More modern times in the Caucasus have continued this legacy of vibrant and interacting cultures. The Russian Empire and its attempts to include the region on the one side, and the local resistance against it on the other, never ceased to exist up until today. Nowadays four states, namely, Georgia, Armenia, Azerbaijan, and Russia can be found in the Caucasus. None of them forms a nation-state with more or less homogeneous population. There are at last 50 ethnic groups scattered within this rough patch of the earth, with at least 4 dominant creeds living side by side.
GEOGRAPHY OF THE CAUCASUS MOUNTAINS. THE NORTH AND THE SOUTH
When the Argonauts reached Kolkhida, the seaside lying at the mountainsides of the North Caucasus, they must have been amazed not only by the wealth of the society they encountered but also by the view of the mountains which prevailed the landscape, and, which, many centuries ago, protected the Circassians who rebelled against their own god living on top of the mountains.
So rough are the mountains, so supreme are the barriers between the basins, even the architecture yields before this dominating power of the Caucasus, let alone the climate. The seaside abruptly dissociates from the hinterland with its milder climate whereas in the hinterland the norm consists of dark and long winters which enabled the villagers to concentrate more on their micro-cultures.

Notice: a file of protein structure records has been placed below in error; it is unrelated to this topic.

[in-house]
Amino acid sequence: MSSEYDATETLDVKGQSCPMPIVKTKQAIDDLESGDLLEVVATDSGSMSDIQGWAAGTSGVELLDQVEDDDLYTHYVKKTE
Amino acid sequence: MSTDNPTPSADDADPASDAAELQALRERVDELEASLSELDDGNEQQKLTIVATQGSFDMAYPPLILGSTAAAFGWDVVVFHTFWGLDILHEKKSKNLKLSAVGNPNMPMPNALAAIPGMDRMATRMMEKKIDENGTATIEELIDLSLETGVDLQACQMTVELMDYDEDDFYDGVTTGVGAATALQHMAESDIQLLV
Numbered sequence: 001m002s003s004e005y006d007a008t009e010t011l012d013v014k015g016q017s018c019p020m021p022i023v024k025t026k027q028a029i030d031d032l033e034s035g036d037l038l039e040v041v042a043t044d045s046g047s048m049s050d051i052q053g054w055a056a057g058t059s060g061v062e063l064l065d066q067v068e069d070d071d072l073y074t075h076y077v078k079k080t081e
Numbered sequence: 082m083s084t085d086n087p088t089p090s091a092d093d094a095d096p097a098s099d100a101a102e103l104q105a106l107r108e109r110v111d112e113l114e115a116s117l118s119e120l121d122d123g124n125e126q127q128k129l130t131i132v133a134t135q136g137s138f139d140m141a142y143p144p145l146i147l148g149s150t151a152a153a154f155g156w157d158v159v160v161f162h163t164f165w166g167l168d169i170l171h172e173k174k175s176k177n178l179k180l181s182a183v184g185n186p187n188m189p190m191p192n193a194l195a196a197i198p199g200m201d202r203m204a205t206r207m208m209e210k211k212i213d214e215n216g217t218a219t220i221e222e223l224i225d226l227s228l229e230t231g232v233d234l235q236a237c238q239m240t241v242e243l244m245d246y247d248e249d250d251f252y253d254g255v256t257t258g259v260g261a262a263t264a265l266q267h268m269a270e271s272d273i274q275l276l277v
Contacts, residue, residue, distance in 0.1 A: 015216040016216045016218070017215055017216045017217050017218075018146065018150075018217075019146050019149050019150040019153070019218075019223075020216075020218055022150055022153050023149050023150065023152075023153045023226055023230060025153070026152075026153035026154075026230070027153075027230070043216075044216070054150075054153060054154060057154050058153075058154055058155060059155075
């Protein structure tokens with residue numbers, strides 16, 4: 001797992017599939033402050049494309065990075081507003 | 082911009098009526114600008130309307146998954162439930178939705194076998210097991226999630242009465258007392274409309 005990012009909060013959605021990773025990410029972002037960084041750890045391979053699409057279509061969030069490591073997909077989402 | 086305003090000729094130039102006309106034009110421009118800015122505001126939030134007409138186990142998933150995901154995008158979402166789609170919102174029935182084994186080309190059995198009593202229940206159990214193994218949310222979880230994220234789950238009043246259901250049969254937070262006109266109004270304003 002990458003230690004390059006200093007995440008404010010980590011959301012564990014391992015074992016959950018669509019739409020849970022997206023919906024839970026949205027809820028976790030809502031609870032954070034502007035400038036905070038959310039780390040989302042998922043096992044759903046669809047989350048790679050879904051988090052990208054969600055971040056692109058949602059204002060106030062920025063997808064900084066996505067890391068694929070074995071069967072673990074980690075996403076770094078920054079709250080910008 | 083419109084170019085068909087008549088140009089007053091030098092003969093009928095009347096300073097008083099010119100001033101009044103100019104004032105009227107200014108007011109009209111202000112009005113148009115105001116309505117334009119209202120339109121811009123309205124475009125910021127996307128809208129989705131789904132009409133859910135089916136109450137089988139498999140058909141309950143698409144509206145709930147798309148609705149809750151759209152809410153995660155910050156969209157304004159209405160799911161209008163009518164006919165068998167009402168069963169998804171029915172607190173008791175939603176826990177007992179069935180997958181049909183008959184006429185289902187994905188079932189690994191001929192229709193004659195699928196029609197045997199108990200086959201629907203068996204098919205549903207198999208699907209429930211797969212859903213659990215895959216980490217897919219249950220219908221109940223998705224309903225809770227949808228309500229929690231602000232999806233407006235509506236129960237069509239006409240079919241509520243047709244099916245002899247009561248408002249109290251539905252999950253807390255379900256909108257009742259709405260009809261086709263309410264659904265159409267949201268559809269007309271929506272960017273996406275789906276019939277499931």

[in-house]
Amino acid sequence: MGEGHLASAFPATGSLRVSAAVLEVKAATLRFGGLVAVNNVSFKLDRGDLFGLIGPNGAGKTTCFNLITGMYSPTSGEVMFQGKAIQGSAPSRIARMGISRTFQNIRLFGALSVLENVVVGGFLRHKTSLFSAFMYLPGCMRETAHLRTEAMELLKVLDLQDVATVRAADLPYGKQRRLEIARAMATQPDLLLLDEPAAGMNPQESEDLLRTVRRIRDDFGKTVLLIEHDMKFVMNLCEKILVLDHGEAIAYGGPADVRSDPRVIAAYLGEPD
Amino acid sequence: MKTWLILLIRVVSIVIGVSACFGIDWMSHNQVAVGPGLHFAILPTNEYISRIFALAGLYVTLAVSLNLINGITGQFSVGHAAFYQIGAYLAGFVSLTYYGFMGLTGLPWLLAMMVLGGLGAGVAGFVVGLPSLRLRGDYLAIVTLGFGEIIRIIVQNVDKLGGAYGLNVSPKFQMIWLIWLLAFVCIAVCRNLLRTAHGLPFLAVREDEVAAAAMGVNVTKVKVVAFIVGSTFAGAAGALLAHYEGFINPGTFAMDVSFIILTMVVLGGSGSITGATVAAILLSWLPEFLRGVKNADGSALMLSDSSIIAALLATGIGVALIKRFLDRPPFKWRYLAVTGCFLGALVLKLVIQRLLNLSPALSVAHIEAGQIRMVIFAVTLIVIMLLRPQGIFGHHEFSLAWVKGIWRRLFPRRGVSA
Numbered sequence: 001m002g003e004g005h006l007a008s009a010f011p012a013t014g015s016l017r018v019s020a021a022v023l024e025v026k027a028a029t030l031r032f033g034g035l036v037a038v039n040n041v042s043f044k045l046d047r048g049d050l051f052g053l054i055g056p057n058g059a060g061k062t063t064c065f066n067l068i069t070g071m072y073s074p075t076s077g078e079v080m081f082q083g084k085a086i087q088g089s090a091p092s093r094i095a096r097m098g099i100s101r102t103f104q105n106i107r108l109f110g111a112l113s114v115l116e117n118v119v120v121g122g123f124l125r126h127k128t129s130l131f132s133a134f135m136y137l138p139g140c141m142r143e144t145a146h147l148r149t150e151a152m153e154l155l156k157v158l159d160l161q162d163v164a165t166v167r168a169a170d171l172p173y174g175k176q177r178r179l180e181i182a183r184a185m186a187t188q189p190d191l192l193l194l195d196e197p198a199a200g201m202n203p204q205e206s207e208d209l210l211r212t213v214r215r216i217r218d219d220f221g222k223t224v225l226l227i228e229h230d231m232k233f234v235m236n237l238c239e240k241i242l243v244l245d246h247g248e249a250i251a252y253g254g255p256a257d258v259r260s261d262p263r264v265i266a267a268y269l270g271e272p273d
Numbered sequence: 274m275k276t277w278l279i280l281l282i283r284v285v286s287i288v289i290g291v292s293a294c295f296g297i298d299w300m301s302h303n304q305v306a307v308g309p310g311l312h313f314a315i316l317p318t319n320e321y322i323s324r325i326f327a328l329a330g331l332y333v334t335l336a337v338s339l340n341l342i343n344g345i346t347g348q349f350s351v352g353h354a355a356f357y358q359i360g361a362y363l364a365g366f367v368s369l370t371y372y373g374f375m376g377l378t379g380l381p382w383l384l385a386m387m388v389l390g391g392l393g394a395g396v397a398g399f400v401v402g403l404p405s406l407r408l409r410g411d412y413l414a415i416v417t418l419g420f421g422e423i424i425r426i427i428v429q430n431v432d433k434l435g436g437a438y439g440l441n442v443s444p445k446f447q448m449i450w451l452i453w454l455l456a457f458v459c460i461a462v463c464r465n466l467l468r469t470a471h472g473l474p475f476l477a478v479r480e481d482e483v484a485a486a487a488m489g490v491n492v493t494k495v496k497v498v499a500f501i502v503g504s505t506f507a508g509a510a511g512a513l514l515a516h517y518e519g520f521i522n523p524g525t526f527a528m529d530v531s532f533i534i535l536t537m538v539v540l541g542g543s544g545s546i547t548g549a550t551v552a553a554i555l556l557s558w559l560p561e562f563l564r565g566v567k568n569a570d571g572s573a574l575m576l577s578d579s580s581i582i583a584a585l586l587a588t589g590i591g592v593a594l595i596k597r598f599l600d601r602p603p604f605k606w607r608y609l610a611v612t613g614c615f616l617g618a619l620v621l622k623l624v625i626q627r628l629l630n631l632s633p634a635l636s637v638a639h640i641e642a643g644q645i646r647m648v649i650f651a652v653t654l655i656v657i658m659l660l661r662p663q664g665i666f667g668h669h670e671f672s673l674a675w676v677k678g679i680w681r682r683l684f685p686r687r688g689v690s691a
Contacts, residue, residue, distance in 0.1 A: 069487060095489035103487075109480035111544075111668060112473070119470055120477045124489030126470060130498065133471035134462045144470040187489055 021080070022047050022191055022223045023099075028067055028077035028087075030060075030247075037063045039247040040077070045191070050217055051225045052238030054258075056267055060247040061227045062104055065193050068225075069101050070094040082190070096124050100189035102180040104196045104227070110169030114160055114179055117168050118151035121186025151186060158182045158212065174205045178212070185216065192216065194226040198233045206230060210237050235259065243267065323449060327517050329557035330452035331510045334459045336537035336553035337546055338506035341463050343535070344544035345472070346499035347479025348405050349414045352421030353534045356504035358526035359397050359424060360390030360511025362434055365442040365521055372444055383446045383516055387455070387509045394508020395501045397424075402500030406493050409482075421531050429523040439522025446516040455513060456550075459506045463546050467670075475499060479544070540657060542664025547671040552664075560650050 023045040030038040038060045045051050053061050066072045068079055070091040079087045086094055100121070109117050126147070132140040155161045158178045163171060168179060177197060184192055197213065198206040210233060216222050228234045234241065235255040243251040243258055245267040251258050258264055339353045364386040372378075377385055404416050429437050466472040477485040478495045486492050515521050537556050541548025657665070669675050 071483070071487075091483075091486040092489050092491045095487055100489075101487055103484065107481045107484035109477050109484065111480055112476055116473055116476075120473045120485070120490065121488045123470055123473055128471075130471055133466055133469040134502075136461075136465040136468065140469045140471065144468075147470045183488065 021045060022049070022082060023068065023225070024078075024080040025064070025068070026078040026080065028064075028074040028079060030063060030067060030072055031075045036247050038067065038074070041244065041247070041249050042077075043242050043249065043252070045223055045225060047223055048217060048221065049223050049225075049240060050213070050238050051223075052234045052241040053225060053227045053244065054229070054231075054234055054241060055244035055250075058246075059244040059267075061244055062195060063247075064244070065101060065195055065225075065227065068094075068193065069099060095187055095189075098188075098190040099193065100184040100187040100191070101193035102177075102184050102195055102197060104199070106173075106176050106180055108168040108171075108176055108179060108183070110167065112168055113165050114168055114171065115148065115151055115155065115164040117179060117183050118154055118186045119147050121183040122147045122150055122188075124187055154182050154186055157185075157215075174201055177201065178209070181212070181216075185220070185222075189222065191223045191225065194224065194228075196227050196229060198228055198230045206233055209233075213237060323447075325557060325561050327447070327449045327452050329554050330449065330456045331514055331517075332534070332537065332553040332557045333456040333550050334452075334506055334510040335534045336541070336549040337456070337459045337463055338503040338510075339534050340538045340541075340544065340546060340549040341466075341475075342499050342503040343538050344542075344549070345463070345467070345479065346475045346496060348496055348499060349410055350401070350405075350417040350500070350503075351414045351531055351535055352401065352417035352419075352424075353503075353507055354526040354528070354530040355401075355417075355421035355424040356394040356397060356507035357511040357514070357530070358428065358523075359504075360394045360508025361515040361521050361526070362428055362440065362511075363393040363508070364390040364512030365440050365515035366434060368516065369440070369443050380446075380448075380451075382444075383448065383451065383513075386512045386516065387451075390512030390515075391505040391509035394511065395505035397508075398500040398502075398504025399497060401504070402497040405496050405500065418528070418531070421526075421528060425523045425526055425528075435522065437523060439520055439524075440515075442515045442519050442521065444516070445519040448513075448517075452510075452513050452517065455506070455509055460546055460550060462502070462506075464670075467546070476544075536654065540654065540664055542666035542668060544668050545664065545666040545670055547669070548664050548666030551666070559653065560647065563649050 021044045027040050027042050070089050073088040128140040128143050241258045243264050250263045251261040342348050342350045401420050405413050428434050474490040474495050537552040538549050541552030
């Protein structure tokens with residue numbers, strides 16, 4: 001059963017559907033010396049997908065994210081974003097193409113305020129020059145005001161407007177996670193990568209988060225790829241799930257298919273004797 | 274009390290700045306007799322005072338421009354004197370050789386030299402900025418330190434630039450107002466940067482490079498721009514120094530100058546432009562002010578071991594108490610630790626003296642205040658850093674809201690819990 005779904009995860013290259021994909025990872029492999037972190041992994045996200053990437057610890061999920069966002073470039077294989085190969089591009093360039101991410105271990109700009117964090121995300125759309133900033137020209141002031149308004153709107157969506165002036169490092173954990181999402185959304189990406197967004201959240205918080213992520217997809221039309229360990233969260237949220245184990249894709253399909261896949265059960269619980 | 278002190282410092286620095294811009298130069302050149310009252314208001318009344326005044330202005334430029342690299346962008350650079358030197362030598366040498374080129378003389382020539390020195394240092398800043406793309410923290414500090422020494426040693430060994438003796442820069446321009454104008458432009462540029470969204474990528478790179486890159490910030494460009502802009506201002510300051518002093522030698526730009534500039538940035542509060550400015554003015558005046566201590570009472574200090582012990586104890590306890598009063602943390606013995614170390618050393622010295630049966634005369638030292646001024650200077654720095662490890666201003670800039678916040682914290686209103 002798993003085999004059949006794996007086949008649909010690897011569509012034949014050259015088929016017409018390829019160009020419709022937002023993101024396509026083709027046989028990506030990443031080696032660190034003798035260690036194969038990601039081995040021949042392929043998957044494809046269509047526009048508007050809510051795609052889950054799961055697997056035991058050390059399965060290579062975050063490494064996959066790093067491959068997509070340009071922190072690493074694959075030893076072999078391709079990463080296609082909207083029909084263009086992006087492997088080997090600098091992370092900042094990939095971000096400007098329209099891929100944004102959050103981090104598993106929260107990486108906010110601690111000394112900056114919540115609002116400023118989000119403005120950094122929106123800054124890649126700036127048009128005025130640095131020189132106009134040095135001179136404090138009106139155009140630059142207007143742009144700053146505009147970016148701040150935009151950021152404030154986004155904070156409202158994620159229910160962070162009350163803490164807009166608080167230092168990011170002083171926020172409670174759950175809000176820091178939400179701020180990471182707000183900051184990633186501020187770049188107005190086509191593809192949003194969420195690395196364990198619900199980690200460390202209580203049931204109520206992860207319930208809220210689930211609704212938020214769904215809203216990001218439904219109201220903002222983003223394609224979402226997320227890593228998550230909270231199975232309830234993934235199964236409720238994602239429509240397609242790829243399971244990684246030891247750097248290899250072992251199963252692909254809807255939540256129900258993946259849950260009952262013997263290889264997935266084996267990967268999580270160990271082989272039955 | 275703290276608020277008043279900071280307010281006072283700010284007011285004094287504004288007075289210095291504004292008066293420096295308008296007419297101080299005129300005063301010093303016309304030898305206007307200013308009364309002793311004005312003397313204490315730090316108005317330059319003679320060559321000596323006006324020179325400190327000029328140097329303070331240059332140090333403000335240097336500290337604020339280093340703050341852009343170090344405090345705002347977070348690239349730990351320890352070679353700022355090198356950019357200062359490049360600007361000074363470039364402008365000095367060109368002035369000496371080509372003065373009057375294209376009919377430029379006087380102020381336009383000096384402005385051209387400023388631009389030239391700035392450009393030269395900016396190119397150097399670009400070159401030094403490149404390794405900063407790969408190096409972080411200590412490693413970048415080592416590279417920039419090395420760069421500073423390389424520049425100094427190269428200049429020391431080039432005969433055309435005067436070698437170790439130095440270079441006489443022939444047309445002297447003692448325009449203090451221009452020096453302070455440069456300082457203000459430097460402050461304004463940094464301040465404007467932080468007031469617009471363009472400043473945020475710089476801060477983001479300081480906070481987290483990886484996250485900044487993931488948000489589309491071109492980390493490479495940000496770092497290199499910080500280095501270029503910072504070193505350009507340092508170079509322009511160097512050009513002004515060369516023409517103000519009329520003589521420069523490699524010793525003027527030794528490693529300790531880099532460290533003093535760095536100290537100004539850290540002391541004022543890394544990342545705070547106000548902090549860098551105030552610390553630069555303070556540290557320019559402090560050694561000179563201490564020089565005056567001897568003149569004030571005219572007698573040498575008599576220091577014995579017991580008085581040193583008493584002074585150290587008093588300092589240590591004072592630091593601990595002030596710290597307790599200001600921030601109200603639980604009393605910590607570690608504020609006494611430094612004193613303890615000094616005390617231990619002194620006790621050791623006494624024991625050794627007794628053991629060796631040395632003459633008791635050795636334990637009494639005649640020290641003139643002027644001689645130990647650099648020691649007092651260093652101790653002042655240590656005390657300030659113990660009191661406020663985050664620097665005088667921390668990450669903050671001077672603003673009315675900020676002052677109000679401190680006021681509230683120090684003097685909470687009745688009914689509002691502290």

The mountains include the highest point of Europe, Mount Elbrus, over 5000 meters high, which is located in the North Caucasus. The Lesser Caucasus, being the smaller of these two Caucasus, however, is less rough than its elder sister. The highest peak of the Lesser Caucasus is Aragats reaching the height of 4090m (13420 ft). Both mountain ranges lie northwest to southeast, and partly separated by plains lying in the same direction.
The Caucasus divides the Black Sea from the Caspian Sea, however, the rivers’ springs from the Caucasus Mountains flow into both seas: The Aras River into the Caspian Sea whereas the Rioni River and the Enguri River into the Black Sea.
The marvelous sight of Lake Sevan in Armenia completes the enchanting atmosphere of the mountainous territory of the south. It is also one of the biggest freshwater high-altitude lakes in Europe. Adding to that, being the biggest lake not only of the country but also the region, it is no wonder why it has always attracted people living around.
Having mentioned the ethnic richness of the region, followed by always prevailing political games, the logical conclusion can lead to the fact that passing through the region might be complicated. It is in fact quite accessible but check if you need a Visa!
WILDLIFE OF THE CAUCASUS MOUNTAINS
The Caucasus region has over endemic 6400 plant species, 348 birds, 131 mammals, 86 reptiles, 17 amphibians, and 127 freshwater fishes. Due to an illegal logging, fuelwood harvesting, timber trade, smuggling and wildlife trade, infrastructure development, illegal fishing, pollution, the region is threatened by the loss of biodiversity.
Some of the most recognizable animals are brown bears, wild boars, Euroasian lynx, long-eared hedgehogs, bezoar ibex, leopards, marals, wolves, European bison, golden eagles, hooded crows, glass lizards. The Caucasian Shepherd (Ovcharka) is the breed of this region. Among invertebrates, around 1000 spider species are listed in the Caucasus